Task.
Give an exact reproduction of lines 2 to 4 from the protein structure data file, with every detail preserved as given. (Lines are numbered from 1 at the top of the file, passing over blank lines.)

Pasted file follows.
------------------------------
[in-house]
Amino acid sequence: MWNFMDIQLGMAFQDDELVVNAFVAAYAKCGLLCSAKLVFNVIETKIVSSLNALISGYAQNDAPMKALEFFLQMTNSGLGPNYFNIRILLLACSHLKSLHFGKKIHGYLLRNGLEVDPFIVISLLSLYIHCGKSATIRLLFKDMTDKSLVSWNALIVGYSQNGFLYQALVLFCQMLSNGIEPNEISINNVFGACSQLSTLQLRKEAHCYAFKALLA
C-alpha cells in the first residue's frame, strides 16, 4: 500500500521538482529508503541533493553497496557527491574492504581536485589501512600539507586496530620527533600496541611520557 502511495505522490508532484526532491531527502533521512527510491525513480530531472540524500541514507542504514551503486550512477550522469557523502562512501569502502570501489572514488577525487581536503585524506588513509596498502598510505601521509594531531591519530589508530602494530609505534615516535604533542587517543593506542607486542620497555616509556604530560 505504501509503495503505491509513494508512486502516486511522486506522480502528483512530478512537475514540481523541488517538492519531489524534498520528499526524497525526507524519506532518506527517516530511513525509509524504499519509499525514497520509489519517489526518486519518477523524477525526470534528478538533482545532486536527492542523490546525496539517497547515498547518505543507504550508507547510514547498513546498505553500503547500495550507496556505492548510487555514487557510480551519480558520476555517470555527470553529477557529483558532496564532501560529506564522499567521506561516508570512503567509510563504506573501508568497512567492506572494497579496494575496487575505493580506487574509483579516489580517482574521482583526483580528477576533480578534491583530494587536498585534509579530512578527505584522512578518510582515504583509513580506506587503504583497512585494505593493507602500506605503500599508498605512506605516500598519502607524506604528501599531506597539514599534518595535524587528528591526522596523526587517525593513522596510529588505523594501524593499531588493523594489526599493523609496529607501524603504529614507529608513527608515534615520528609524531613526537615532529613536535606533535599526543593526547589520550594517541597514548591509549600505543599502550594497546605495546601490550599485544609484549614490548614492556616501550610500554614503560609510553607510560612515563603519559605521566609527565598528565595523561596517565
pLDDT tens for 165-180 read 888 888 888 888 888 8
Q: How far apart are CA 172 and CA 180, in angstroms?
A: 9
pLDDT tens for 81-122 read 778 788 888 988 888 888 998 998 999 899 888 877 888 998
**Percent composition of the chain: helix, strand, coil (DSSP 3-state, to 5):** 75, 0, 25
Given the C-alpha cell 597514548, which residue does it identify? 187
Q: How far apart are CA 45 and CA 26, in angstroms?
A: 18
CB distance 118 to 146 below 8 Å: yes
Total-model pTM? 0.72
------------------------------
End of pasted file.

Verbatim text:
Amino acid sequence: MWNFMDIQLGMAFQDDELVVNAFVAAYAKCGLLCSAKLVFNVIETKIVSSLNALISGYAQNDAPMKALEFFLQMTNSGLGPNYFNIRILLLACSHLKSLHFGKKIHGYLLRNGLEVDPFIVISLLSLYIHCGKSATIRLLFKDMTDKSLVSWNALIVGYSQNGFLYQALVLFCQMLSNGIEPNEISINNVFGACSQLSTLQLRKEAHCYAFKALLA
C-alpha cells in the first residue's frame, strides 16, 4: 500500500521538482529508503541533493553497496557527491574492504581536485589501512600539507586496530620527533600496541611520557 502511495505522490508532484526532491531527502533521512527510491525513480530531472540524500541514507542504514551503486550512477550522469557523502562512501569502502570501489572514488577525487581536503585524506588513509596498502598510505601521509594531531591519530589508530602494530609505534615516535604533542587517543593506542607486542620497555616509556604530560 505504501509503495503505491509513494508512486502516486511522486506522480502528483512530478512537475514540481523541488517538492519531489524534498520528499526524497525526507524519506532518506527517516530511513525509509524504499519509499525514497520509489519517489526518486519518477523524477525526470534528478538533482545532486536527492542523490546525496539517497547515498547518505543507504550508507547510514547498513546498505553500503547500495550507496556505492548510487555514487557510480551519480558520476555517470555527470553529477557529483558532496564532501560529506564522499567521506561516508570512503567509510563504506573501508568497512567492506572494497579496494575496487575505493580506487574509483579516489580517482574521482583526483580528477576533480578534491583530494587536498585534509579530512578527505584522512578518510582515504583509513580506506587503504583497512585494505593493507602500506605503500599508498605512506605516500598519502607524506604528501599531506597539514599534518595535524587528528591526522596523526587517525593513522596510529588505523594501524593499531588493523594489526599493523609496529607501524603504529614507529608513527608515534615520528609524531613526537615532529613536535606533535599526543593526547589520550594517541597514548591509549600505543599502550594497546605495546601490550599485544609484549614490548614492556616501550610500554614503560609510553607510560612515563603519559605521566609527565598528565595523561596517565
pLDDT tens for 165-180 read 888 888 888 888 888 8